CERN Sets Date for Record Collision in Large Hadron Collider

CERN readies the Large Hadron Collider (LHC) for beam collisions at 7 TeV (3.5 TeV per beam), marking the start of the organization's physics program.

Less than a week after the Large Hadron Collider, a particle accelerator located outside Geneva operated by the European Organization for Nuclear Research (CERN), successfully circulated two 3.5 TeV proton beams and set a record for the highest energy yet achieved in a particle accelerator, CERN announced the date for the start of the LHC research program. The first attempt for collisions at 7 TeV (3.5 TeV per beam) is scheduled for March 30. A Webcast will be available on the day of the first attempt to collide protons at 7 TeV, the organization noted.
Between now and March 30, the LHC team will be working with 3.5 TeV beams to commission the beam control systems and the systems that protect the particle detectors from stray particles. CERN's director for accelerators and technology, Steve Myers, said all these systems must be fully commissioned before collisions can begin. "With two beams at 3.5 TeV, we're on the verge of launching the LHC physics program," he said. "But we've still got a lot of work to do before collisions. Just lining the beams up is a challenge in itself: It's a bit like firing needles across the Atlantic and getting them to collide halfway."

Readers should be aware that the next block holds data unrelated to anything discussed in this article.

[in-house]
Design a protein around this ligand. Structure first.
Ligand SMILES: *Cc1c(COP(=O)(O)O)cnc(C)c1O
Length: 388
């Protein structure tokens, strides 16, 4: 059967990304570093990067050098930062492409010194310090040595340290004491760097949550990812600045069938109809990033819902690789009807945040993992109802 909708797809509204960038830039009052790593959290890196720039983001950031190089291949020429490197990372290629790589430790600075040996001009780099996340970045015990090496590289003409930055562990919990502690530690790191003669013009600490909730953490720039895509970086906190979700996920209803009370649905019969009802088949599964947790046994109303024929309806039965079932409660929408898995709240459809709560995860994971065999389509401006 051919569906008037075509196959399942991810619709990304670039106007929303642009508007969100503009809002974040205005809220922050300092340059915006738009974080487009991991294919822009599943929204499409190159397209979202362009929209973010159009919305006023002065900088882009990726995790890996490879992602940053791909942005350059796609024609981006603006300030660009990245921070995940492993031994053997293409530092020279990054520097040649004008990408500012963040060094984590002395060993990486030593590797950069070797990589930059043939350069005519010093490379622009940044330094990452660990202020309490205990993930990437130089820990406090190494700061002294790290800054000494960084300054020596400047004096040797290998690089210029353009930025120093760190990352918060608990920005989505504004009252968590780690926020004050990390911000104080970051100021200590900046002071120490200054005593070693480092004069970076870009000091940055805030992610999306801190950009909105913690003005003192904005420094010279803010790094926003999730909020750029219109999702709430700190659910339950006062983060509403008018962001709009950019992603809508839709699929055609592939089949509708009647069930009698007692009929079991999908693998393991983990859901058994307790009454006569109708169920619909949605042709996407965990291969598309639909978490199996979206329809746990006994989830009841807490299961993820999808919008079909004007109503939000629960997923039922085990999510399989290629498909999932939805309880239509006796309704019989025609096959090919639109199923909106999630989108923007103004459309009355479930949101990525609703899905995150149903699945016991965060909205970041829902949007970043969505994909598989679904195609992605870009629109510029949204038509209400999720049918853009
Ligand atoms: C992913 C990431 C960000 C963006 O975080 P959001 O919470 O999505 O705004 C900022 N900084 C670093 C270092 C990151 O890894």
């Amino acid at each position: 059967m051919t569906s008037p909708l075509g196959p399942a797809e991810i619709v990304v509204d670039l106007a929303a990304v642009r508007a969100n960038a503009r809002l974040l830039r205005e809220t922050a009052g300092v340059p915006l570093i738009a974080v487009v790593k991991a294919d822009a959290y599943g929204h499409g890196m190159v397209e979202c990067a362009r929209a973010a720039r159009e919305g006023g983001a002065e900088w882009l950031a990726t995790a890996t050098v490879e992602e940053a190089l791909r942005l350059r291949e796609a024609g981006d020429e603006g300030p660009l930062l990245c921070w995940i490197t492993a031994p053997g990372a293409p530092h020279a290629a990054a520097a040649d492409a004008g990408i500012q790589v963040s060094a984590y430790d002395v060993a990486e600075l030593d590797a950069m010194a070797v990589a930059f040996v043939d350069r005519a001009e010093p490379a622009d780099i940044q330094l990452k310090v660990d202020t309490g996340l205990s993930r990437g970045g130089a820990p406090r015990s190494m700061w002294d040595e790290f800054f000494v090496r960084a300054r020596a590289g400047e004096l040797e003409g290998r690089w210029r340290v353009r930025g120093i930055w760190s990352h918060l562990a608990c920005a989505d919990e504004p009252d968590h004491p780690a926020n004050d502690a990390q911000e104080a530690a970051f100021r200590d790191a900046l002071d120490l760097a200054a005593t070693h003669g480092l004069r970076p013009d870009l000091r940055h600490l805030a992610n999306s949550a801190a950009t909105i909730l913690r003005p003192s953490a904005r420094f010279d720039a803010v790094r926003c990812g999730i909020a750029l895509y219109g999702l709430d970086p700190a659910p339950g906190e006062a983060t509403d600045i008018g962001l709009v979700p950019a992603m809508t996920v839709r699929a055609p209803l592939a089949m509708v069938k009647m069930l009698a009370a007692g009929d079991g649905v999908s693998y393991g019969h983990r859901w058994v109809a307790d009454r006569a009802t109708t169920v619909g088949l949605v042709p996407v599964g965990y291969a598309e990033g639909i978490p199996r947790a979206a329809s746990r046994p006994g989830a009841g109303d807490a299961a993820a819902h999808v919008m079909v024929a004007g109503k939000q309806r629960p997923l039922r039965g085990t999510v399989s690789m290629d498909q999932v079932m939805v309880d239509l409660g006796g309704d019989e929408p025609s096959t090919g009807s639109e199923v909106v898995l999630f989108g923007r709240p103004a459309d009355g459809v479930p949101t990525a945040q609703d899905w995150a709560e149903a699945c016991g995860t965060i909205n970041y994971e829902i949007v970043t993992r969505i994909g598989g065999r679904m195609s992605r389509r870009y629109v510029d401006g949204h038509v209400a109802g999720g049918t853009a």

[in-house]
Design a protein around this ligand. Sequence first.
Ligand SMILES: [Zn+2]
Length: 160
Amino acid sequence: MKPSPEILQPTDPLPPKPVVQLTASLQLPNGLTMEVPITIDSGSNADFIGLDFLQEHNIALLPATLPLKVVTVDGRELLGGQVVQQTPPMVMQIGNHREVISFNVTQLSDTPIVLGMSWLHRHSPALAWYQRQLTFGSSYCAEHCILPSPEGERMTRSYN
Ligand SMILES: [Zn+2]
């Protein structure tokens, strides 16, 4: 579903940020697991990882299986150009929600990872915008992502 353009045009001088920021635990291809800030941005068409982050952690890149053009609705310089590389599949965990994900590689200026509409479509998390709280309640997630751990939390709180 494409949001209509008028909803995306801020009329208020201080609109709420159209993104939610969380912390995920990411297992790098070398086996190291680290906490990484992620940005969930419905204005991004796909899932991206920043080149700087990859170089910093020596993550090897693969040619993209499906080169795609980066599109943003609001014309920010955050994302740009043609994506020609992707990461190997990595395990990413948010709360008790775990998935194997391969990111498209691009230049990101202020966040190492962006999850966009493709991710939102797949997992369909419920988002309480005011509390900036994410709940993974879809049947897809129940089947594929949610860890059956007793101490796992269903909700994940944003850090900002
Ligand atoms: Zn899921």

Once 7 TeV collisions have been established, the plan is to run continuously for a period of 18-24 months, with a short technical stop at the end of 2010. CERN said this would bring enough data across all the potential discovery areas, including basic laws governing the interactions and forces among the elementary objects, the deep structure of space and time, and especially regarding the intersection of quantum mechanics and general relativity. Over the 2009 part of the run, each of the LHC's four major experiments-ALICE, ATLAS, CMS and LHCb-recorded over 1 million particle collisions.
CERN Director General Rolf Heuer warned the LHC is not a "turnkey" machine. "The machine is working well, but we're still very much in a commissioning phase, and we have to recognize that the first attempt to collide is precisely that. It may take hours or even days to get collisions."
The last time CERN switched on a major new research machine, the Large Electron Positron Collider (LEP), in 1989, it took three days from the first attempt to collide to the first recorded collisions. The current LHC run began in November 2009, with the first circulating beam at 0.45 TeV. The organization soon began to speed up acceleration, with twin circulating beams established by the end of November and a world record beam energy of 1.18 TeV being set on Nov. 30.